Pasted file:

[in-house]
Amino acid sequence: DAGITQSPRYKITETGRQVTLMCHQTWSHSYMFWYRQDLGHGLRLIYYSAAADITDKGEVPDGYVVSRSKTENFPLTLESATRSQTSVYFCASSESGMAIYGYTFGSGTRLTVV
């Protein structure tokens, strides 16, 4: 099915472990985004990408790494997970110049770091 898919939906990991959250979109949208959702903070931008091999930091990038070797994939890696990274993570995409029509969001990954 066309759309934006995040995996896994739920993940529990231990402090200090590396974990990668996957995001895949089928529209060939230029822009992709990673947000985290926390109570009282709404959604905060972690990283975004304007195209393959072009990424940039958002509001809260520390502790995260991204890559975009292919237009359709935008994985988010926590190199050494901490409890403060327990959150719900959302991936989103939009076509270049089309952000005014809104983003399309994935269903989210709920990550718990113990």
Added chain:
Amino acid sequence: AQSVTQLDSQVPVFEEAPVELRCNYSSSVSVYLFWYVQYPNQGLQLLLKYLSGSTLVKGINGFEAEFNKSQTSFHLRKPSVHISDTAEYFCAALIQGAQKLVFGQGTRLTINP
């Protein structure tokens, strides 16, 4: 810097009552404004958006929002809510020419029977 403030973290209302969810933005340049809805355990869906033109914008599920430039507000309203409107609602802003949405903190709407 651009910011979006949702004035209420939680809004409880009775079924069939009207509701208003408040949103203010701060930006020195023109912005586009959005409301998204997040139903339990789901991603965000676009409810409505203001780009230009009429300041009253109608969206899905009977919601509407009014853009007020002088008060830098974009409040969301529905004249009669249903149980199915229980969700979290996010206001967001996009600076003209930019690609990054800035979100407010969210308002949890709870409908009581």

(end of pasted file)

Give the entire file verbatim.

[in-house]
Amino acid sequence: DAGITQSPRYKITETGRQVTLMCHQTWSHSYMFWYRQDLGHGLRLIYYSAAADITDKGEVPDGYVVSRSKTENFPLTLESATRSQTSVYFCASSESGMAIYGYTFGSGTRLTVV
């Protein structure tokens, strides 16, 4: 099915472990985004990408790494997970110049770091 898919939906990991959250979109949208959702903070931008091999930091990038070797994939890696990274993570995409029509969001990954 066309759309934006995040995996896994739920993940529990231990402090200090590396974990990668996957995001895949089928529209060939230029822009992709990673947000985290926390109570009282709404959604905060972690990283975004304007195209393959072009990424940039958002509001809260520390502790995260991204890559975009292919237009359709935008994985988010926590190199050494901490409890403060327990959150719900959302991936989103939009076509270049089309952000005014809104983003399309994935269903989210709920990550718990113990």
Added chain:
Amino acid sequence: AQSVTQLDSQVPVFEEAPVELRCNYSSSVSVYLFWYVQYPNQGLQLLLKYLSGSTLVKGINGFEAEFNKSQTSFHLRKPSVHISDTAEYFCAALIQGAQKLVFGQGTRLTINP
């Protein structure tokens, strides 16, 4: 810097009552404004958006929002809510020419029977 403030973290209302969810933005340049809805355990869906033109914008599920430039507000309203409107609602802003949405903190709407 651009910011979006949702004035209420939680809004409880009775079924069939009207509701208003408040949103203010701060930006020195023109912005586009959005409301998204997040139903339990789901991603965000676009409810409505203001780009230009009429300041009253109608969206899905009977919601509407009014853009007020002088008060830098974009409040969301529905004249009669249903149980199915229980969700979290996010206001967001996009600076003209930019690609990054800035979100407010969210308002949890709870409908009581």